Banks are likely going to retrench as they streamline their operations.

We are likely to witness a shortage of basic commodities like cooking oil, meat and sugar, among others.

Already, a 2-litre bottle of cooking oil is selling at US$7,09 up from US$3.

The economy is being led to the graveyard by Finance minister Mthuli Ncube and Mangudya. The two musketeers are toeing the Zanu PF hook, line and sinker.

Zanu PF should know it can rig an election, but not the economy.

The country needs to start afresh and engage all the stakeholders like opposition leaders, church organisations,  civic leaders, non-governmental organisations, student leaders and chiefs, among others  to iron out these sticking issues.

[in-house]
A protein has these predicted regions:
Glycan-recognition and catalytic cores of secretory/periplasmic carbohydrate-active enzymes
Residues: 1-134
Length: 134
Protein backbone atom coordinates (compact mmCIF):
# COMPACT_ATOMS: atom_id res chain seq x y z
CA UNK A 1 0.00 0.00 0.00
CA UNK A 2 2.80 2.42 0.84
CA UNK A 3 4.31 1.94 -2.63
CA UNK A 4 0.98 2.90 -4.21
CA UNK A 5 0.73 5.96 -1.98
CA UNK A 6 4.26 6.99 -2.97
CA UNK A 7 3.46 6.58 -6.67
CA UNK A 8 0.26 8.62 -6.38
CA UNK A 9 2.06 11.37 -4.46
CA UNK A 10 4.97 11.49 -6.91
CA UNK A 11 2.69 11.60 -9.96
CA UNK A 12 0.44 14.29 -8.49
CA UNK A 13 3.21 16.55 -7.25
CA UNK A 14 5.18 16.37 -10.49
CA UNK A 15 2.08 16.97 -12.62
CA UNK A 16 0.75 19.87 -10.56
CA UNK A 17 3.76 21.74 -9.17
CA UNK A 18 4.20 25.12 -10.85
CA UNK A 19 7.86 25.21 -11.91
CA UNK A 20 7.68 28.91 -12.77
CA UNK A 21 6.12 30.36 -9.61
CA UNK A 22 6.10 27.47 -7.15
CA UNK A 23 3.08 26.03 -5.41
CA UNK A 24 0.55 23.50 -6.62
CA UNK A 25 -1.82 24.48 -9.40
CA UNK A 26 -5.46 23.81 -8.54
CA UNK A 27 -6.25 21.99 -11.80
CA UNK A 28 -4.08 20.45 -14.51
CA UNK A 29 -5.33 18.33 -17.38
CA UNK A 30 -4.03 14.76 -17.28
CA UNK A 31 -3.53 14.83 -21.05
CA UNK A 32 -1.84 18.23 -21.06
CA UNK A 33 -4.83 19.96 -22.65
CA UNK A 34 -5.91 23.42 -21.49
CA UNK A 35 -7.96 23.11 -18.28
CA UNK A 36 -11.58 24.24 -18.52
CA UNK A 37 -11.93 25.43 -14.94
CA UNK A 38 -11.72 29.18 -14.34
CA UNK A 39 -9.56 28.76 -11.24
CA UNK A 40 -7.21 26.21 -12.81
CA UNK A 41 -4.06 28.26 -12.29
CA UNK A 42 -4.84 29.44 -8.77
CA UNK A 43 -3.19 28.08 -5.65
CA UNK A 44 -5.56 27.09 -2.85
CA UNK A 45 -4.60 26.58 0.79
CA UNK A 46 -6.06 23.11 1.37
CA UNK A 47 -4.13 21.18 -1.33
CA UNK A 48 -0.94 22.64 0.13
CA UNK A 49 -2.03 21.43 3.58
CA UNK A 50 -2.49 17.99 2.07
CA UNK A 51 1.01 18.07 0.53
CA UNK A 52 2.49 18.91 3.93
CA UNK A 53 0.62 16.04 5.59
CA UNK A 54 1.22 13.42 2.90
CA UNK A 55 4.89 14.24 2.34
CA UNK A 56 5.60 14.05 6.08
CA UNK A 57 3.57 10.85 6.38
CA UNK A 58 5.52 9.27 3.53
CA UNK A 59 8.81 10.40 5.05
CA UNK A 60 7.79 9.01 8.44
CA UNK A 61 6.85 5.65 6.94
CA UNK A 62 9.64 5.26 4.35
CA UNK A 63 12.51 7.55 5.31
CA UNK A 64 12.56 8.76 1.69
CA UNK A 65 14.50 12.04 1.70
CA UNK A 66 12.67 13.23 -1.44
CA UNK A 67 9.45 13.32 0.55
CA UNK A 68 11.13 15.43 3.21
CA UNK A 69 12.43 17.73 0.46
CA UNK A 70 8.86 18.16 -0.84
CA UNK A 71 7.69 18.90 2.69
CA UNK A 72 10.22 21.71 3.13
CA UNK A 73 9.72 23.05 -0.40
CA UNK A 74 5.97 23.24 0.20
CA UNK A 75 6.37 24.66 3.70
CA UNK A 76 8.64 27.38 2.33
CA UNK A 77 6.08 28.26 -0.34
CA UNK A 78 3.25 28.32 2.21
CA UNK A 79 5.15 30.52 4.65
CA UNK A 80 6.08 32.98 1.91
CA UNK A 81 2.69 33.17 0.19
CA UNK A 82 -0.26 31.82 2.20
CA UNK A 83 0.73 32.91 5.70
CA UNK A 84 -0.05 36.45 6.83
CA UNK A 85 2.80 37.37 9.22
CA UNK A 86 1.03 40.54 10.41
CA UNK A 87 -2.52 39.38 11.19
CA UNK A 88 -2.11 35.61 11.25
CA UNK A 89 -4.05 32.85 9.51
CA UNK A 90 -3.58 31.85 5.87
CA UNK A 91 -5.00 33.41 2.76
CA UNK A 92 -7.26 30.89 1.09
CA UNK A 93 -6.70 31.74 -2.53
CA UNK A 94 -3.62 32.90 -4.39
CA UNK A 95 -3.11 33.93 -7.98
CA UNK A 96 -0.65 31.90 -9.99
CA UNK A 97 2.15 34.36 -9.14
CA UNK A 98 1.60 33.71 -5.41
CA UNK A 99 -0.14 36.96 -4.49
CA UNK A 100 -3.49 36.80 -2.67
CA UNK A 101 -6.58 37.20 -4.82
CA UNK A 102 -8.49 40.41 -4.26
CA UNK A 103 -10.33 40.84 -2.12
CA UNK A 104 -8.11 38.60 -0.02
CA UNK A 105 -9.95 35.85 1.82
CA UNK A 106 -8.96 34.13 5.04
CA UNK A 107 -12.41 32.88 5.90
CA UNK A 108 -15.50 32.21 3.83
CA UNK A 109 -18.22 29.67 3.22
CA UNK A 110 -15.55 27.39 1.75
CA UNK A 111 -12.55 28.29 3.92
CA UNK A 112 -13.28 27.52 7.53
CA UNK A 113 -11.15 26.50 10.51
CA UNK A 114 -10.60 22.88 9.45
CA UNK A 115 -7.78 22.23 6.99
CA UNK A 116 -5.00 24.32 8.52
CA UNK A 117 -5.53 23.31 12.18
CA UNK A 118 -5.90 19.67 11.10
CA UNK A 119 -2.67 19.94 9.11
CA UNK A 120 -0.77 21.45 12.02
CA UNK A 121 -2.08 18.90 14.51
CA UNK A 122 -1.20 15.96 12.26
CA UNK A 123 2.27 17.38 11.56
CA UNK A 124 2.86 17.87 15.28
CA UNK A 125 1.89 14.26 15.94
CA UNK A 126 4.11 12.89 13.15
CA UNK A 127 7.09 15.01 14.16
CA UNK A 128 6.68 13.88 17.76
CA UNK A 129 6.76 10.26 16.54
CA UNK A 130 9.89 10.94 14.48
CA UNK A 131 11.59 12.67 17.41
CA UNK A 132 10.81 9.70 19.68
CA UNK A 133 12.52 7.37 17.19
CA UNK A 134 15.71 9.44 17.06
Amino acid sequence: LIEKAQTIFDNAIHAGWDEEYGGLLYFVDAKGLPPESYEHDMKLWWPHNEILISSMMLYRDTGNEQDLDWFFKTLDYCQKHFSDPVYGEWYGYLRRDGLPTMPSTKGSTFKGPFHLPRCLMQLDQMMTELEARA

The economy has warped and collapsed. The regime has to stop its casino economics. –Leonard Koni

COVID-19 reversed progress in closing the gender divide

WOMEN have borne the brunt of the COVID-19 pandemic and the economic downturn caused by the spread of the virus and measures to combat it.

With the COVID-19 pandemic still raging across the world, a few affluent nations have got transmission under control, and we are beginning to dream of better days.

However, economic recovery will be pointless, if it does not mean a better life for everyone. Fundamental to achieving this is maternal health.

The pandemic has reversed decades of progress in closing the gender divide.

The UN Women’s From Insights To Action report estimates that by 2030, the global gender poverty gap for ages 25 to 34 will worsen from 118 women in poverty for every 100 men, to 121 women per 100.

One of the most damaging impacts of the pandemic and the lockdown has been that it is reversing the incremental progress towards gender equality by forcing women back into domestic caring and unpaid roles such as cleaning, cooking and